Rohan Goetzke, Director of the Bollettieri Tennis programme at IMG Academy in Florida, shares his Wimbledon memories
Widely considered to be the pinnacle of the tennis season, Wimbledon is watched by millions of viewers all around the world. Some are fortunate enough to visit the All England Club as a spectator, while fewer still can claim to have played a part in a victorious fortnight at SW19.
Rohan Goetzke did just that when he guided Richard Krajicek to the Wimbledon title in 1996. Now Director of the Bollettieri Tennis programme at IMG Academy in Florida, we asked the Australian about his Wimbledon memories.
On visiting the All England Club: I watched The Championships on TV as a kid but when you first walk in the gates you are in awe of the place. It’s so special – for me it has always been the No.1 Grand Slam. The renovations and the changes they have done I find amazing. It’s a magical place.
My first memory of visiting the All England Club as a spectator was the enormous queues outside. In those days I wasn’t with a player so I didn’t have accreditation and I didn’t know anyone who had tickets. I was amazed they were all there camping in the rain.
I remember one year with Richard we rented a house down there and it was really hot but we couldn’t open the windows because there was a big party going on in the street outside. Another year we had a house which didn’t have a power shower on the second floor so there was no water pressure at all!
When I first went [to Wimbledon] I just had a ground pass but as a coach your access changes; you eat in the players’ restaurant, drive up in the courtesy car and get the VIP treatment. When you are on the inside as a player or coach or official you get used to that and you forget that so many of the fans have queued for hours to be there.
On Richard Krajicek’s Wimbledon victory in 1996: Everyone had said Richard had a good chance of winning on grass. He had a big serve and a big game but he didn’t like grass, he found it very difficult to play on, particularly moving on the surface.
We had words the week before at s-Hertogenbosch because he wasn’t enjoying playing on the grass and wasn’t sure if he even wanted to play Wimbledon. It’s quite funny to think that he ended up knocking out [10th seed] Michael Stich and [three-time defending champion] Pete Sampras.
That said, he ended up being favourite in the final against surprise finalist MaliVai Washington who Todd Martin lost to in the semis after being up in the fifth set. He wasn’t playing Sampras or [Andre] Agassi in the final to win his first Grand Slam so there was huge pressure and he was expected on paper to win.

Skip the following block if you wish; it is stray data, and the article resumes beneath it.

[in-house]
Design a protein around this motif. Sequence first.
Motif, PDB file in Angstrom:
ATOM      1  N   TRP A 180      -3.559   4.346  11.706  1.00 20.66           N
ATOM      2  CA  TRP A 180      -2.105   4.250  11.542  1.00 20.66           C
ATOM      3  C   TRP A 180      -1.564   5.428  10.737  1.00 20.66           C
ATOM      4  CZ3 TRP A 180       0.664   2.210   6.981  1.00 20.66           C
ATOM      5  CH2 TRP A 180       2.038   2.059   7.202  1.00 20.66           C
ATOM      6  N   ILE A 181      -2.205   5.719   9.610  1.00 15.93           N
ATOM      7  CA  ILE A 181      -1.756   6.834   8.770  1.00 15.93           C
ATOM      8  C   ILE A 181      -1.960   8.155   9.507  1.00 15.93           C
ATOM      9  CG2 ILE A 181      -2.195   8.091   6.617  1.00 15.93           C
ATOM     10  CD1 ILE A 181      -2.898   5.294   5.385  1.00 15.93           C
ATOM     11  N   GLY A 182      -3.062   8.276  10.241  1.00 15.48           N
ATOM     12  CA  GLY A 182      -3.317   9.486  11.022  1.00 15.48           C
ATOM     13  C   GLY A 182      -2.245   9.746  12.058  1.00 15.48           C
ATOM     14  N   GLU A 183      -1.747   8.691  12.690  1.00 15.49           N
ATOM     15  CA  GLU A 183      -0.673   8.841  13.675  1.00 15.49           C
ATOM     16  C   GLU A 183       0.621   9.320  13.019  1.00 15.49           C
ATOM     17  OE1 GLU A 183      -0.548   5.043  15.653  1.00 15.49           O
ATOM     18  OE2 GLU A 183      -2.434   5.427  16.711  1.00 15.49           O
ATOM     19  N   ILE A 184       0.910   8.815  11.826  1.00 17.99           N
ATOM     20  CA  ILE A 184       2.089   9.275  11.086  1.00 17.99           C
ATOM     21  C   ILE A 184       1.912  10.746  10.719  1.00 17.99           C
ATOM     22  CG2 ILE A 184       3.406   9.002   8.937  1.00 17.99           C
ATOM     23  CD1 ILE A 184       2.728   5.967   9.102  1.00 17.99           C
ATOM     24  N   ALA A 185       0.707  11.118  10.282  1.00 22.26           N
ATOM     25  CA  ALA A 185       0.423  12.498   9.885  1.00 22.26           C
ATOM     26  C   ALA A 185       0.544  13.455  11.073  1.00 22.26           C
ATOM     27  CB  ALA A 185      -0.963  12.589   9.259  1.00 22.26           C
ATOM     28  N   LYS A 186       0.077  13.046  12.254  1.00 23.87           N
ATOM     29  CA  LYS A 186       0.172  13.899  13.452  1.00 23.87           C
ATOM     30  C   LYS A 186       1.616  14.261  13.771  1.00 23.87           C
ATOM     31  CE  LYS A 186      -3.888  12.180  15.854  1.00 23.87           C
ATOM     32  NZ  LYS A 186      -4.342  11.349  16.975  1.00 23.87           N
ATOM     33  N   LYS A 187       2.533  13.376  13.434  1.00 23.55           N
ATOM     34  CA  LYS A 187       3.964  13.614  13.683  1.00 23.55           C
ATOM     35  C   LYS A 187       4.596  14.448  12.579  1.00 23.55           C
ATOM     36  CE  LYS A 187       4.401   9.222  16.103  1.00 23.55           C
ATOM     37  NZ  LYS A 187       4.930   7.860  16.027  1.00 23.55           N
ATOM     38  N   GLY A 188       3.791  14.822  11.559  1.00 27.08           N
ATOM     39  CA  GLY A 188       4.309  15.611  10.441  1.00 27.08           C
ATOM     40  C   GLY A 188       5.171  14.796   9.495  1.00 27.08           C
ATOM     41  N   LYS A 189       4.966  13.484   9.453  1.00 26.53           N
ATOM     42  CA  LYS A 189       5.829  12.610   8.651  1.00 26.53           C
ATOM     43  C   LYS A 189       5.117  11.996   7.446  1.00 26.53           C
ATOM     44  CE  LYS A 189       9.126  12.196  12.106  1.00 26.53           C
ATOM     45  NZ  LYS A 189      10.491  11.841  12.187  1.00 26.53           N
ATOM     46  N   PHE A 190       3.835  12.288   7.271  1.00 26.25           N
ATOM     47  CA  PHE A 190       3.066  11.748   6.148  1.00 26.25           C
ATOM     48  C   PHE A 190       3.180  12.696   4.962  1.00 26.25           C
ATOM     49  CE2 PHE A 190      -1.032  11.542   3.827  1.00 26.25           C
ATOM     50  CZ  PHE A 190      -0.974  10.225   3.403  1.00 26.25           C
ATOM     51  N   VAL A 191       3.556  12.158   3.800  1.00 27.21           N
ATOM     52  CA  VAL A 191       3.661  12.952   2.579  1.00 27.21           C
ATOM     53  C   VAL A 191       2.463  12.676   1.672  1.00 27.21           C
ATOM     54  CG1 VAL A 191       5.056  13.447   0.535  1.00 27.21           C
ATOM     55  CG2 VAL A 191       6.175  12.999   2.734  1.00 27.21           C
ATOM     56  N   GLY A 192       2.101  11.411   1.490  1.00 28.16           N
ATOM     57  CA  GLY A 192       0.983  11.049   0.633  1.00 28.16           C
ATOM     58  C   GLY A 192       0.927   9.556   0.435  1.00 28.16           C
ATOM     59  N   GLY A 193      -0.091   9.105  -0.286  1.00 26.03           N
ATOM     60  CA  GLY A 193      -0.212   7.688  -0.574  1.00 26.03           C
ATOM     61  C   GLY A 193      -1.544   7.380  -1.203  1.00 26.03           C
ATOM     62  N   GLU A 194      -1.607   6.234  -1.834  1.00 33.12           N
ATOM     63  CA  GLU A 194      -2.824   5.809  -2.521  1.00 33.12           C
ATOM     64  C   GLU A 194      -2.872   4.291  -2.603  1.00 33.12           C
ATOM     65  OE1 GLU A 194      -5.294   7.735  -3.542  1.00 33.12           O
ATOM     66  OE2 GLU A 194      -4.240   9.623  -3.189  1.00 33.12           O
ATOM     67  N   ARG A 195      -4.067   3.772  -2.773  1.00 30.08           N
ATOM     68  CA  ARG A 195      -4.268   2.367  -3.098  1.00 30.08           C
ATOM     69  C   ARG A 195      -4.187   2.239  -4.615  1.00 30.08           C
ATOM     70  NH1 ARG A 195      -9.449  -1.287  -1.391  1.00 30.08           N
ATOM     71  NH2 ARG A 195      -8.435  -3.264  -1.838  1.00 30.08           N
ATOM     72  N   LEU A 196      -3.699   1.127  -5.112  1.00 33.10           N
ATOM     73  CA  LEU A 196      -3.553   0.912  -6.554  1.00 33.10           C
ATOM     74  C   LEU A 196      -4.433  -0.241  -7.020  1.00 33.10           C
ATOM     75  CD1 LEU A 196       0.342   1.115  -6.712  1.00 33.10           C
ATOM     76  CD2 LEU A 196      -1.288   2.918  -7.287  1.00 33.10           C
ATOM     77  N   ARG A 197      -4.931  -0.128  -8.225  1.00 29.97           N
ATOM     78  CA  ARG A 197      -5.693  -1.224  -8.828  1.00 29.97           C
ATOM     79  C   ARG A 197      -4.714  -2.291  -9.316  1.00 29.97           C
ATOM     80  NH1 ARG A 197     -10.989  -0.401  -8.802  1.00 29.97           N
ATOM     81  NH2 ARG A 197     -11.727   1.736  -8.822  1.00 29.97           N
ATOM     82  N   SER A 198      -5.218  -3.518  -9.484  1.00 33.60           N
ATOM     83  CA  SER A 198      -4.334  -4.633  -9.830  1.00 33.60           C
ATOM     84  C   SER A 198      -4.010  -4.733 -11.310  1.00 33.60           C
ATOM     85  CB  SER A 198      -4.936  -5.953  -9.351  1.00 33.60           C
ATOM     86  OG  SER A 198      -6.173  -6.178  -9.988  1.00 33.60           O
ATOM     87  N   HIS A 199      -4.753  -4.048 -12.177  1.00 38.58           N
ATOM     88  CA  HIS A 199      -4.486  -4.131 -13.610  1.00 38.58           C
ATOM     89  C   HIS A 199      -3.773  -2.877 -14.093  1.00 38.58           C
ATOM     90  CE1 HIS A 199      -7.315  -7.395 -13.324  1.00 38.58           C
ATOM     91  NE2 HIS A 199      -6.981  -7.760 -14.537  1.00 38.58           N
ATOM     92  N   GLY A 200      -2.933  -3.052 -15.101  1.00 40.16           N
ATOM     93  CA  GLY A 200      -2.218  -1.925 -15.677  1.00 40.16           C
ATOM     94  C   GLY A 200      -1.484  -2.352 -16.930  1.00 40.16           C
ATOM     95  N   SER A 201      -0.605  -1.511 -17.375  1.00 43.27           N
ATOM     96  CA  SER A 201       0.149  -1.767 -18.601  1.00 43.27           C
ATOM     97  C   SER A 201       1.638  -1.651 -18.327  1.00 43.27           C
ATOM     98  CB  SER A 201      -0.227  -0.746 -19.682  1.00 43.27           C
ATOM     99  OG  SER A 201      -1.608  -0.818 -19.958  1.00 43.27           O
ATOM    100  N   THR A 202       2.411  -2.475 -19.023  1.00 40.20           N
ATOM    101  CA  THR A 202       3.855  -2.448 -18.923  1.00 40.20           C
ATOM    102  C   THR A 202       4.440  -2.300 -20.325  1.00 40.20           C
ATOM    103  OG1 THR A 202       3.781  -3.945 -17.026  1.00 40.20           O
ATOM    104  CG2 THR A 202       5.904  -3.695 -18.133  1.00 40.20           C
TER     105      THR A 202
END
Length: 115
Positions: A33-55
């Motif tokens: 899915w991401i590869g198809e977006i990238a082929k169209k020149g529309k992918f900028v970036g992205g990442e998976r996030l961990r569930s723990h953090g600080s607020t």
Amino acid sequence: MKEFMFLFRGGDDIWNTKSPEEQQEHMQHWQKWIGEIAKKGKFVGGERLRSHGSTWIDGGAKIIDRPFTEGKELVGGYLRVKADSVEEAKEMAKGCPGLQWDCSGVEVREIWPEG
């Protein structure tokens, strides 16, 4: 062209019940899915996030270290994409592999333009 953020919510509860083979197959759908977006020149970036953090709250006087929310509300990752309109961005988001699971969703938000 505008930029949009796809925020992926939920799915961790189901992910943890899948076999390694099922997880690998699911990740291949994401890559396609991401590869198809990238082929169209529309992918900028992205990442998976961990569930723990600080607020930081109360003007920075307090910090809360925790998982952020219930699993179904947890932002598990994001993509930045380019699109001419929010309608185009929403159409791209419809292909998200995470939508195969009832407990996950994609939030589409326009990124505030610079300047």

On the favourites for this year’s Championships: It’s hard to look beyond the big four: Novak Djokovic, Andy Murray, Roger Federer and Rafael Nadal, who have won the four Grand Slams over the past 12 months. Federer is the defending champion and I think grass will be his best chance to win another Grand Slam but I’d have to say Djokovic is the favourite closely followed by Murray, so long as he is fully fit. Jo-Wilfried Tsonga would be my outside bet – he will be dangerous on the grass.
In the women’s draw, Serena Williams, she is the red-hot favourite – and she will be even more powerful on the grass. Just look at her record, the way she is crushing everybody - there is a big gap between Serena and the others. Behind Serena I would put Maria Sharapova, but one player to look out for is Sloane Stephens, who should have a good game for the grass. I have seen her play and I think the grass can suit her – she is a shot maker and she has the ability to do well at Wimbledon.
On IMG Academy alumnus Kei Nishikori’s chances after moving to a career-high ranking of No.11 this week: Nishikori likes playing on grass and he can play well on it, but I think it depends on the draw. Some players like to play certain types of players, while others don’t line up quite so well against them. Can he go all the way and win it? It will be difficult but he can do well there and grass is a surface that can help him. It gives a little bit more on the serve, he has got good timing and movement and grass they can play a lot more from the baseline than in years gone by.